Letting agents in Kilkenny have stopped advertising properties for rent as they will be “swamped” by phone calls from people desperately wanting a home, a leading housing agent has said.
Estate agent Michael Boyd, who is based in Kilkenny city for 30 years, says his business and other agents are no longer advertising rentals online, or on social media.
“There is very little to let at the moment. We’ve a high volume of enquiries,” he said.
“We’ve stopped advertising. We are not equipped to cope. If you leave a letting up half a day, we receive over a hundred phone calls.”
Instead, they are finding tenants for their clients by calling local firms, who have workers needing accommodation. Alternatively, they deal privately with people who call to their offices in search of a tenancy.
The average rental price for a two bed property is €950 to €1,000 and €1,200 for a three bed semi-detached.
Speaking with Sue Nunn on The Way It Is on KCLRfm local radio, Mr Boyd added: "(The supply) is historically small, particularly in lettings. About four months ago ... there was nothing to let in Kilkenny, anywhere with anybody."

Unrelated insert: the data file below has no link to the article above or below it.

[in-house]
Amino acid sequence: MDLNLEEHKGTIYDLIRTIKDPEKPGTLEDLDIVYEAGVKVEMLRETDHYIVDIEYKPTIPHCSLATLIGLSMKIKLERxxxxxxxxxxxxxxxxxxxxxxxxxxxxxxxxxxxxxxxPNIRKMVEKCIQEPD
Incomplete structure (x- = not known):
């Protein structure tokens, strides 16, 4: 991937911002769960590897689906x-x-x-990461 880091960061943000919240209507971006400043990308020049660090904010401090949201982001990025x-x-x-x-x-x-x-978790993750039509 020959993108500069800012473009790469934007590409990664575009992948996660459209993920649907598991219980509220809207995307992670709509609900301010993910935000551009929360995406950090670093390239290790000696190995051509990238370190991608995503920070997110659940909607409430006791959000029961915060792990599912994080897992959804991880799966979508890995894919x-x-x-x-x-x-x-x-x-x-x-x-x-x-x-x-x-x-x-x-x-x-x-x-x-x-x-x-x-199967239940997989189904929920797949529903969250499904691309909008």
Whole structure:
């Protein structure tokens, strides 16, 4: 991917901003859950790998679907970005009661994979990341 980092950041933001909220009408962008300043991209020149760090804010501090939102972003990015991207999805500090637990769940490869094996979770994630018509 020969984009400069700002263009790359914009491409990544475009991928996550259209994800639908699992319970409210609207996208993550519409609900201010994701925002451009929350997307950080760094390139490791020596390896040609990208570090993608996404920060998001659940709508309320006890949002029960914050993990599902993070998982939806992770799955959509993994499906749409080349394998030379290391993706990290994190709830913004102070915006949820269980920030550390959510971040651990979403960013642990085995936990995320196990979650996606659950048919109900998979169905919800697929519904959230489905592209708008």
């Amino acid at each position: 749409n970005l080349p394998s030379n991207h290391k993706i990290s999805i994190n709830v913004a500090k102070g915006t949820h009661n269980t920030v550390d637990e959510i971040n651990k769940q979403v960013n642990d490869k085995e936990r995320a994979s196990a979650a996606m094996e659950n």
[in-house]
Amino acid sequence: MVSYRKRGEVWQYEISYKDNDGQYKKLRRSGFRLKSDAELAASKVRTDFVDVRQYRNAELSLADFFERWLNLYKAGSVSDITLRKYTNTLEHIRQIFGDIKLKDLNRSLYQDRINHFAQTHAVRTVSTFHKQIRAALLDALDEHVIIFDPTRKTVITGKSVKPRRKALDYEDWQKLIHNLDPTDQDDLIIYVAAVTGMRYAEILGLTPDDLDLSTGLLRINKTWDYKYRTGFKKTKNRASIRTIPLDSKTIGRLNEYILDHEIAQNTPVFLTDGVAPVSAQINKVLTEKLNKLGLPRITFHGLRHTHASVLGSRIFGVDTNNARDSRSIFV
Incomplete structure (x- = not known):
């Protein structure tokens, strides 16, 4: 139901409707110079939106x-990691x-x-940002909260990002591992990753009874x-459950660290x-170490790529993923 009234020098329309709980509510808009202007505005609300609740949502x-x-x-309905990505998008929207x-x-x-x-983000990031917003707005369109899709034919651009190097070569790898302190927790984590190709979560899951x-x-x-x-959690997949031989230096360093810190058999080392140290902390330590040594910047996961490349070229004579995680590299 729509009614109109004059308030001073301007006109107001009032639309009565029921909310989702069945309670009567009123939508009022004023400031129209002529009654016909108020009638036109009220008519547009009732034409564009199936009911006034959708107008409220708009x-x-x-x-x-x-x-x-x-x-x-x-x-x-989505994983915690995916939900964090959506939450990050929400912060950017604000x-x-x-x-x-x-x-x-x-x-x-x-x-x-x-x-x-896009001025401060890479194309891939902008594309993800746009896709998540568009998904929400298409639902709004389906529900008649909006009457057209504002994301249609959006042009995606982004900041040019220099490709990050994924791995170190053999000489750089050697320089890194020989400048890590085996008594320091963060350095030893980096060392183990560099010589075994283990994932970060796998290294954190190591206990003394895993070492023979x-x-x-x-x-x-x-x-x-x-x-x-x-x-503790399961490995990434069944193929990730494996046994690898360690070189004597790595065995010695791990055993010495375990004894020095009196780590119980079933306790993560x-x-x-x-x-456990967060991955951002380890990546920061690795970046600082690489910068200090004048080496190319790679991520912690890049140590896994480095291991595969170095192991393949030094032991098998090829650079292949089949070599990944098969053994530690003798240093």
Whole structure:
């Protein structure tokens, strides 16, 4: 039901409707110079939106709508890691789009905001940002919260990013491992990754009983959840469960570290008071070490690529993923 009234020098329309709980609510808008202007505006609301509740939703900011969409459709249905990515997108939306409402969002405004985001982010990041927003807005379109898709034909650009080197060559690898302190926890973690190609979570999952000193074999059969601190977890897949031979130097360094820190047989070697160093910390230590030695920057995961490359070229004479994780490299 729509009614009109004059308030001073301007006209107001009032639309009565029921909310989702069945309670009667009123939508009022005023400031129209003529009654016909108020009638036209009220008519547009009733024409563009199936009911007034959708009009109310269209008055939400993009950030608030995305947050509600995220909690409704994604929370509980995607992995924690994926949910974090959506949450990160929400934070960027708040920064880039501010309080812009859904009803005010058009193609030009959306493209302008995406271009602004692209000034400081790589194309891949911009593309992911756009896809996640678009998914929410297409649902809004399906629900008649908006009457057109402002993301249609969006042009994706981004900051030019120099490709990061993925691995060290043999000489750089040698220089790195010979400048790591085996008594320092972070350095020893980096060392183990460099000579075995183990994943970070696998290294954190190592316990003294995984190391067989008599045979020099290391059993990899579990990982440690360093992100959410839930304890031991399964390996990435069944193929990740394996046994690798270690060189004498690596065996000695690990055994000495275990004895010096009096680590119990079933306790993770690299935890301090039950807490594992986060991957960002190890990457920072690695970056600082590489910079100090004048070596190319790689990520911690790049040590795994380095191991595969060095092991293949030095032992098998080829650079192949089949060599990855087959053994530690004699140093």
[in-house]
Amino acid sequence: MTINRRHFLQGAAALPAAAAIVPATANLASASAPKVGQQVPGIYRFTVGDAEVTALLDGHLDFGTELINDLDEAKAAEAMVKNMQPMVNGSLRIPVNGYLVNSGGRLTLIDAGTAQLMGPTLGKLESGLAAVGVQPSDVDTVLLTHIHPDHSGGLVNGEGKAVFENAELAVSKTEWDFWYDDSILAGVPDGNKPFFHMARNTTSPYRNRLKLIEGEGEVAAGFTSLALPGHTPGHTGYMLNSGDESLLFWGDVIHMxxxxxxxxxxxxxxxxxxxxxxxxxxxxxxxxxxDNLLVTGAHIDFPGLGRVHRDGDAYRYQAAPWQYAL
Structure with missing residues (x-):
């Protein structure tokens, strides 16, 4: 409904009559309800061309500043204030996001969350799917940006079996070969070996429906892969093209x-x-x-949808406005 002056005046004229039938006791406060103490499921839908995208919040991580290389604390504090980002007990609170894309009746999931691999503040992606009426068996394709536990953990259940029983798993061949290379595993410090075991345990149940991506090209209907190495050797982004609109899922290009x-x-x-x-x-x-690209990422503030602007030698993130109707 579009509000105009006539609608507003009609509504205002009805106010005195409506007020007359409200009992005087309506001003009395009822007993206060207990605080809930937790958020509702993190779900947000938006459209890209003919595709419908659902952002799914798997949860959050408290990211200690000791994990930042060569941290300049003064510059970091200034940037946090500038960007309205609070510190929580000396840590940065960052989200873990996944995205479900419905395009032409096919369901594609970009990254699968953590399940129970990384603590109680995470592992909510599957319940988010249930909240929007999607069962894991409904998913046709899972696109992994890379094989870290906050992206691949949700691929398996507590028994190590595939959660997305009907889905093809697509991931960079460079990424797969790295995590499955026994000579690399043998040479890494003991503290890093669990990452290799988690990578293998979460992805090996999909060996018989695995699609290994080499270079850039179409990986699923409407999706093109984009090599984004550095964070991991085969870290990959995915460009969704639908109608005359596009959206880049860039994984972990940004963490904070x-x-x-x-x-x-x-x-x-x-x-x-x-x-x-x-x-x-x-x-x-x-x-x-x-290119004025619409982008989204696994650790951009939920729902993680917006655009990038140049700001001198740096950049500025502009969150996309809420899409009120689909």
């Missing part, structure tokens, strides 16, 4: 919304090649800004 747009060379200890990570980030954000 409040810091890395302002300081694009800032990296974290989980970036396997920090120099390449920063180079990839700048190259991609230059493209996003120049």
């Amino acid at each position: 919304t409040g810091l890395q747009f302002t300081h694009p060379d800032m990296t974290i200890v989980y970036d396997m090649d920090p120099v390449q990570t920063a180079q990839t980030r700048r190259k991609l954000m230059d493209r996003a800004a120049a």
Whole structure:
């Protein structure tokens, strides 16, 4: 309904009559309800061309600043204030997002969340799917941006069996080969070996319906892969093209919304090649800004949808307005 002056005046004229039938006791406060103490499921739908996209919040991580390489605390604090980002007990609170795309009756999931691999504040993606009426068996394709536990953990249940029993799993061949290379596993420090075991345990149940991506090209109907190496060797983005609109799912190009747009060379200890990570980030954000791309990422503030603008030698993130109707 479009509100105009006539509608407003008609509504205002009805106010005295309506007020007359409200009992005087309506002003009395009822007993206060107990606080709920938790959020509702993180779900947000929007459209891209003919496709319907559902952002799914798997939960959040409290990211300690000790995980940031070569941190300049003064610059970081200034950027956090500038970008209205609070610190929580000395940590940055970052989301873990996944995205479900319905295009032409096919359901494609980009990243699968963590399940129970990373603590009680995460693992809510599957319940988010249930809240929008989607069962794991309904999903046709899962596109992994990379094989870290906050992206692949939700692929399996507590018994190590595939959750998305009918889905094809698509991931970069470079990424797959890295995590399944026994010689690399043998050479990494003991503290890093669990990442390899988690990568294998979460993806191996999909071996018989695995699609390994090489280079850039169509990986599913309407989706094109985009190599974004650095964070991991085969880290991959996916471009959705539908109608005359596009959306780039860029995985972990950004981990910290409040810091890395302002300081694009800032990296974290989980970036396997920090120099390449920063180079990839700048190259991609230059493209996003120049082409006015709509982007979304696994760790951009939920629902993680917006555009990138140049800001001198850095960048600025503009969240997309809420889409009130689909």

It was the first time the situation had been that bad in the 30 years his company has been in existence, he said.
Prices for an average three bed semi-detached house are up 7.5 per cent in the last quarter and 15 per cent in the three months prior to that. The average price currently is €295,000 up from €225,000 for the same period last year.
Buyers are now coming from Dublin and returning home from abroad due to work changes associated with the Covid-19 pandemic. Life in the area is often considered is more attractive than in big cities or overseas while the amenities are regarded as good and mortgages are far more affordable.
Carlow and Kilkenny has chronically low levels of new houses or apartments coming up for sale or rental, however, and this is causing prices to rise.
A property in Goresbridge had 90 interested parties with mortgage approval wanting to view it within three days of the house going on the market, he said.
Some people want to live in Kilkenny and travel to work in Dublin on a couple of days each, while others are moving to the county’s villages to commute each day into Kilkenny City, he said.
“I think we are going to be a very tight place for a very long time. The Government doesn’t recognise the legitimate need for a good quality private rental market as they move around.
“That sector is being depleted all the time. The whole rented sector is corporatised by local authorities and approved housing bodies. We need a mix of housing,” he added.